It is characteristic of intermittent reinforcement that behavior may be sustained over long periods of time with very little return. This has been explained by saying "Human beings are creatures of hope and are not genetically designed to resign themselves," but there is nothing essentially human about the effects, and it is not hope or resignation but the contingencies which are the conspicuous and accessible cause.

Clayton Christensen and Charlie Munger on theory

In his recent Talk at Google, Clayton Christensen said the following near the beginning of his presentation: 
"The word theories gets a bum rap with managers because the word theory is associated with the word theoretical which connotes impractical. But a theory is a statement of causality. It's a statement of what causes what and why. And when you think about it in those terms, you as technologists or managers are voracious consumers of theory. Because every time you take an action it's predicated upon a belief that if you do this, you'll get the result that you want. And every time you put a plan into place it's predicated upon a set of theories which tells you that if you do these things, you'll be successful. But most of the people aren't even aware of the theories they use. And many times the theories that you use are destructive rather than productive."
That mention of theory reminded me of the below quote from Charlie Munger, which I mentioned a couple of years ago as essentially being the underlying reason for my practice of Memortation
"I could see that I was not going to cope as well as I wished with life unless I could acquire a better theory-structure on which to hang my observations and experiences. By then, my craving for more theory had a long history. Partly, I had always loved theory as an aid in puzzle solving and as a means of satisfying my monkey-like-curiosity. And, partly, I had found that theory-structure was a superpower in helping one get what one wanted. As I had early discovered in school wherein I had excelled without labor, guided by theory, while many others, without mastery of theory failed despite monstrous effort. Better theory I thought had always worked for me and, if now available could make me acquire capital and independence faster and better assist everything I loved."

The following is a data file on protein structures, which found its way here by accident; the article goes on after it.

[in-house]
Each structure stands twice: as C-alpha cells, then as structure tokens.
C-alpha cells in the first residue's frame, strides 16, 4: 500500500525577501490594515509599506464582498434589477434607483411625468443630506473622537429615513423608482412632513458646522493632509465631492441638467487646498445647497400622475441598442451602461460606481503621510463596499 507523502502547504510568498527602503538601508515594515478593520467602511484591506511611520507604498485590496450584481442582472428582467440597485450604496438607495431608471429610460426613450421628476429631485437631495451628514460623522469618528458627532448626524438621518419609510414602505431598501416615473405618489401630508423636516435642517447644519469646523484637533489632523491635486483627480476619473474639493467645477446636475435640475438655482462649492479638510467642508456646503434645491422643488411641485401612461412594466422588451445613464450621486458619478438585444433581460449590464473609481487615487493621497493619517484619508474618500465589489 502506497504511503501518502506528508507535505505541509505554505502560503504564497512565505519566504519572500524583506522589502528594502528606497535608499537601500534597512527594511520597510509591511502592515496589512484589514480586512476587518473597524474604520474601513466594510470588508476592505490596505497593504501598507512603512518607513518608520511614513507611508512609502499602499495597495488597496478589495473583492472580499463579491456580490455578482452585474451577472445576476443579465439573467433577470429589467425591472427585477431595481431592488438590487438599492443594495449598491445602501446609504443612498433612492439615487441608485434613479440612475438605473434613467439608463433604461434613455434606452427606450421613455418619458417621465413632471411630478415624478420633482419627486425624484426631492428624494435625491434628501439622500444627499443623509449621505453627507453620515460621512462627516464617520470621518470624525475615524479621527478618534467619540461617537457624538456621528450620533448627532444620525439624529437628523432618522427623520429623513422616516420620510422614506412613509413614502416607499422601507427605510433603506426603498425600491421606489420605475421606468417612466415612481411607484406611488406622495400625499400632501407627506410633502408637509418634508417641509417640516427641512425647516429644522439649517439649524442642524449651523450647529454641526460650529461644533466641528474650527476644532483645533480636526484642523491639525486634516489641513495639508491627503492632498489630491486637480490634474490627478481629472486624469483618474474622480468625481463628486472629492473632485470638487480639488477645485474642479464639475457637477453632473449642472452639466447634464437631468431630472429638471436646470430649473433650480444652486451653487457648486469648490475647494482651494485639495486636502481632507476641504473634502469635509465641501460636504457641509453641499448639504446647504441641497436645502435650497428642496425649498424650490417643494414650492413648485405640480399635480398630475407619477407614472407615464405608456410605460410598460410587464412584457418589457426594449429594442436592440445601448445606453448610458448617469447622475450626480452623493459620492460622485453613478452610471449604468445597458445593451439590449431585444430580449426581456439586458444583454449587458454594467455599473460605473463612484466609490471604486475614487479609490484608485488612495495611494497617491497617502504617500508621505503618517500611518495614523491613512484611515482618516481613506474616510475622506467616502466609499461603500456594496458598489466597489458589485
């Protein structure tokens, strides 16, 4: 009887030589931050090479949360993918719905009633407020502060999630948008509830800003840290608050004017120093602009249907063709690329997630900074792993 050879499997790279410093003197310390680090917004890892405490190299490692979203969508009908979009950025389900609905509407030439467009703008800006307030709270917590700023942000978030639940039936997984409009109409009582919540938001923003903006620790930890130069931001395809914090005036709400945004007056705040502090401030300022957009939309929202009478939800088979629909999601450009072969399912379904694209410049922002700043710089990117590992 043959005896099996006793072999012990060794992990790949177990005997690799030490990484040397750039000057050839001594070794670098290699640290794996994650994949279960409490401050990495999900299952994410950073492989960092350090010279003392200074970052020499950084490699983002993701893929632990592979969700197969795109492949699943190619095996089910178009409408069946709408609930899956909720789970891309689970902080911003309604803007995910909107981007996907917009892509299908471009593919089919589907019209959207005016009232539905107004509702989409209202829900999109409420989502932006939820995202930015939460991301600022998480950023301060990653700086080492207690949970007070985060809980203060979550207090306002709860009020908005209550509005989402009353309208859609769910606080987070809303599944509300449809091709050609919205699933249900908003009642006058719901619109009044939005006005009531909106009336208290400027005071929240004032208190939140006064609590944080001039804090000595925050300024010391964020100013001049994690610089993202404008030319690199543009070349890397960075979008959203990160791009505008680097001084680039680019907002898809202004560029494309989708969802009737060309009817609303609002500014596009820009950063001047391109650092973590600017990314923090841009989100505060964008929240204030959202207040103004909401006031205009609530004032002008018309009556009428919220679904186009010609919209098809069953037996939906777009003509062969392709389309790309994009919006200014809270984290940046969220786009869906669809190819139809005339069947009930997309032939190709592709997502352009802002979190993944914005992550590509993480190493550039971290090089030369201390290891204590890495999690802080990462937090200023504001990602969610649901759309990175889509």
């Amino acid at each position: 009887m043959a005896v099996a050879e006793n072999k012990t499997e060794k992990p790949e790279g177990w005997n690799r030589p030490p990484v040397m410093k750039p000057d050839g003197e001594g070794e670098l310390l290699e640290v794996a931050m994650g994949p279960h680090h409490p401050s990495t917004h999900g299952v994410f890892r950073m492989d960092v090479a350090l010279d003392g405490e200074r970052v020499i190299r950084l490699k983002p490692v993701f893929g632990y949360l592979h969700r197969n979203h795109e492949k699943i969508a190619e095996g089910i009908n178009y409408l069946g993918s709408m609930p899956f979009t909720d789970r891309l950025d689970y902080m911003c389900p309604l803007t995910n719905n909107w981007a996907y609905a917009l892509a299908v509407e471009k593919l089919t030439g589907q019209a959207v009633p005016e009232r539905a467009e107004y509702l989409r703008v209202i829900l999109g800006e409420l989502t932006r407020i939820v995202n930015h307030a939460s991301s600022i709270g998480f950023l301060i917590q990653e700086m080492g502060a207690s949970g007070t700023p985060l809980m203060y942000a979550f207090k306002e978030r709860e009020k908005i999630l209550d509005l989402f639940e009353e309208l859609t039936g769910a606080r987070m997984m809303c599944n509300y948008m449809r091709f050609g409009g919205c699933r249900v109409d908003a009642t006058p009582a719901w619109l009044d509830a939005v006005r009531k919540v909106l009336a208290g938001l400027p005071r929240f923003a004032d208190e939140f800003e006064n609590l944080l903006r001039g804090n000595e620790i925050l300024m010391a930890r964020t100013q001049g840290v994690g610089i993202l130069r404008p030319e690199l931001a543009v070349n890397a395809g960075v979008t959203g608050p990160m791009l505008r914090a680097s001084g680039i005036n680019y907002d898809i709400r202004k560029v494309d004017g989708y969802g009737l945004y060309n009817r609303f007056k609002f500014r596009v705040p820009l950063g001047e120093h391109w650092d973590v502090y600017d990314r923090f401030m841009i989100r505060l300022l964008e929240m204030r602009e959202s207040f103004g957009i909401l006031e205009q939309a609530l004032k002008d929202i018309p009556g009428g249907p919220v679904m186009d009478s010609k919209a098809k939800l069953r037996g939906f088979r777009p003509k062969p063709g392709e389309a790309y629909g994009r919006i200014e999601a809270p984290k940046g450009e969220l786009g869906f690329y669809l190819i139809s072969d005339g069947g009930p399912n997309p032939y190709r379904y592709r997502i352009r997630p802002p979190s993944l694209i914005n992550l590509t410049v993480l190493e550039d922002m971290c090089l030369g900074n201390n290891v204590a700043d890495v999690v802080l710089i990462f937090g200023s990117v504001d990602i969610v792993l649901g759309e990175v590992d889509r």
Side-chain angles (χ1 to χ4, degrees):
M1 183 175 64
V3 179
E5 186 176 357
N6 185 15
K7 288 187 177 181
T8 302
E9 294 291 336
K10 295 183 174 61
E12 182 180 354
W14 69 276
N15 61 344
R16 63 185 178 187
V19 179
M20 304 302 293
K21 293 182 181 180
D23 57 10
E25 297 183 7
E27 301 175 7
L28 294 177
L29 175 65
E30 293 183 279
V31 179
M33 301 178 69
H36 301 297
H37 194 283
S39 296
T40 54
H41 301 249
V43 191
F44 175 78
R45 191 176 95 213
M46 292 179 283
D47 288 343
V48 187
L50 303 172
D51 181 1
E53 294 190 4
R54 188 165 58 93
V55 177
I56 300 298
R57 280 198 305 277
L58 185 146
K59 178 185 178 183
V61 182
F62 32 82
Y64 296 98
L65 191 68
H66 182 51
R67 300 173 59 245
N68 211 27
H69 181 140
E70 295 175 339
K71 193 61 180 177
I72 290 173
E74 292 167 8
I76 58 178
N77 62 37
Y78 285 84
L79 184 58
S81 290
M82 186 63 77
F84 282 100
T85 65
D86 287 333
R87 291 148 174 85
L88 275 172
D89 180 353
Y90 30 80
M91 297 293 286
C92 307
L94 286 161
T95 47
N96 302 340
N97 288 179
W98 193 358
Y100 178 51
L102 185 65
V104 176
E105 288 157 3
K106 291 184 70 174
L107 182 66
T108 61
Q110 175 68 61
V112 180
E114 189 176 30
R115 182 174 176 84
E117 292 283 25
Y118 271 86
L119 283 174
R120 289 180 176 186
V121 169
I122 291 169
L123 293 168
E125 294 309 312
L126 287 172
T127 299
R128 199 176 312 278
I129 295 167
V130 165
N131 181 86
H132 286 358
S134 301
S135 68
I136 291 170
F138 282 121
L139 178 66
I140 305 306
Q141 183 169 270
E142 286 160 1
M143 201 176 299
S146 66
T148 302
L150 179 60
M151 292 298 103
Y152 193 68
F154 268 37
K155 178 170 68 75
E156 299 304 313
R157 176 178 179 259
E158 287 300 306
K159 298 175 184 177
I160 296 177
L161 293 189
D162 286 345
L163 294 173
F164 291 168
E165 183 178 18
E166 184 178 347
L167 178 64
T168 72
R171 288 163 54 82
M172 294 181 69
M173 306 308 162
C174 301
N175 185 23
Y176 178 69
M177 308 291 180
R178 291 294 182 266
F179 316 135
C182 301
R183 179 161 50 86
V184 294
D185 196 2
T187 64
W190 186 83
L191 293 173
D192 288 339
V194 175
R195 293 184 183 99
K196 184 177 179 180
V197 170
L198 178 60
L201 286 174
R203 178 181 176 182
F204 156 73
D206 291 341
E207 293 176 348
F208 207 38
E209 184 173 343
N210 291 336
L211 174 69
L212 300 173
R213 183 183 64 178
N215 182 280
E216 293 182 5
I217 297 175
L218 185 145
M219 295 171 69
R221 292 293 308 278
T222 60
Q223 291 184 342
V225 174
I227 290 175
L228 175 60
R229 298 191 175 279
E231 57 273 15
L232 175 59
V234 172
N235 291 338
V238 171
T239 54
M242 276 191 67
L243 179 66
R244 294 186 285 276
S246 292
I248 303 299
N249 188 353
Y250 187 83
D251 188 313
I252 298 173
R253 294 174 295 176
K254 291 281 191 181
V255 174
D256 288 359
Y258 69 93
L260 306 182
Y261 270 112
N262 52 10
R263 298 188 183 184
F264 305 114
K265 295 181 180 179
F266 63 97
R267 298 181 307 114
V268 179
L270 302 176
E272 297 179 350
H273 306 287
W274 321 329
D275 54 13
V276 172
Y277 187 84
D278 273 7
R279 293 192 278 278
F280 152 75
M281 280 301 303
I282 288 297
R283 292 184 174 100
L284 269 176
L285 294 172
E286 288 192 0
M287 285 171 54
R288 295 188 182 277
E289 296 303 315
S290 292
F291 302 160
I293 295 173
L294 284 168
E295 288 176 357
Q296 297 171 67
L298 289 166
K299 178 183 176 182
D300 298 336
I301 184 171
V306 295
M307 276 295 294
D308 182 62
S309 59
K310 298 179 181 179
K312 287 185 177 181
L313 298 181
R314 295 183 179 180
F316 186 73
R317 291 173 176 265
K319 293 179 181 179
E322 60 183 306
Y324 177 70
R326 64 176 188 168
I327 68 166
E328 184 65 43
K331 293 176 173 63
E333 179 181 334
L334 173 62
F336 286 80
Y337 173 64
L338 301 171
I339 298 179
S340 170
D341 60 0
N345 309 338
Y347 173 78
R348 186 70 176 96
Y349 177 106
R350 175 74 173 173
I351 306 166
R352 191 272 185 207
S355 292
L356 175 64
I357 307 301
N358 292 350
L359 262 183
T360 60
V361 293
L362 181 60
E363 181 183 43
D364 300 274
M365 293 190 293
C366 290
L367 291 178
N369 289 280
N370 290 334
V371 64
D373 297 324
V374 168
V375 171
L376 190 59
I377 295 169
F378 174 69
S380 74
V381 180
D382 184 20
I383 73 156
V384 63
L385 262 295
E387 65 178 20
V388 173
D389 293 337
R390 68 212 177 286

Tuesday, August 23, 2016


Howard Marks on What Politics Means for Investors (video) [H/T ValueWalk] (LINK)
Related previous post: Howard Marks Memo: Political Reality
Howard Marks: Oaktree Has 'Amped Up' Caution, Selectivity (video) (LINK)

It’s Getting Scarily Quiet in the Stock Market [H/T @jasonzweigwsj] (LINK)
Calm has descended on the U.S. stock market. 
The past 30 days have been the least volatile of any 30-day period in more than two decades. Only five days during the most recent stretch saw the S&P 500 move by more than 0.5% in either direction, the lowest since the fall of 1995. 
Back then, the Federal Reserve was paused between rate cuts. This time around, a combination of the summer lull in trading and super-easy global monetary policy has helped drive volatility to levels seen only a dozen times in the past half-century. 
...Faith in how far central banks will protect against losses comes and goes, though. In market-speak, the Yellen put is less out of the money if a smaller price fall pushes the Fed to act. At the moment, investors seem to think the put is barely out of the money at all. 
The danger, then, is not so much complacency about markets, but complacency about central banks. The lesson of the past seven years is that policy makers will step in every time disaster strikes. But investors tempted to rely on the central banks should note that disasters did still strike, and markets had big falls before help arrived. The time to buy insurance is when it is cheap, and for the U.S. stock market, that is now.
Temperament is a skill - by Seth Godin (LINK)

Farnam Street: The Fundamental Attribution Error, or Why Predicting Behavior is So Hard (LINK)
Related book (also recommended highly by Nassim Taleb): Explaining Social Behavior
Investing quote of the day (which I've posted before, but am thinking about again today): 
“…what I have observed about the really great investors is the simple decisions that they end up having to make by virtue of focusing on what’s important and what’s unknowable.” -Tom Russo

Monday, August 22, 2016


1977 WSJ article on Warren Buffett – "Investor Who Piled Up $100 Million in the ‘60’s Piles Up Firms Today" [H/T @iancassel] (LINK)

25iq: A Dozen Things Learned from Naval Ravikant about Investing, Business and Startups (LINK)

Jeff Gramm talks with  Barry Ritholtz on the Masters in Business podcast (LINK)
Related book: Dear Chairman: Boardroom Battles and the Rise of Shareholder Activism
The Brooklyn Investor blog: 13F Fun (LINK)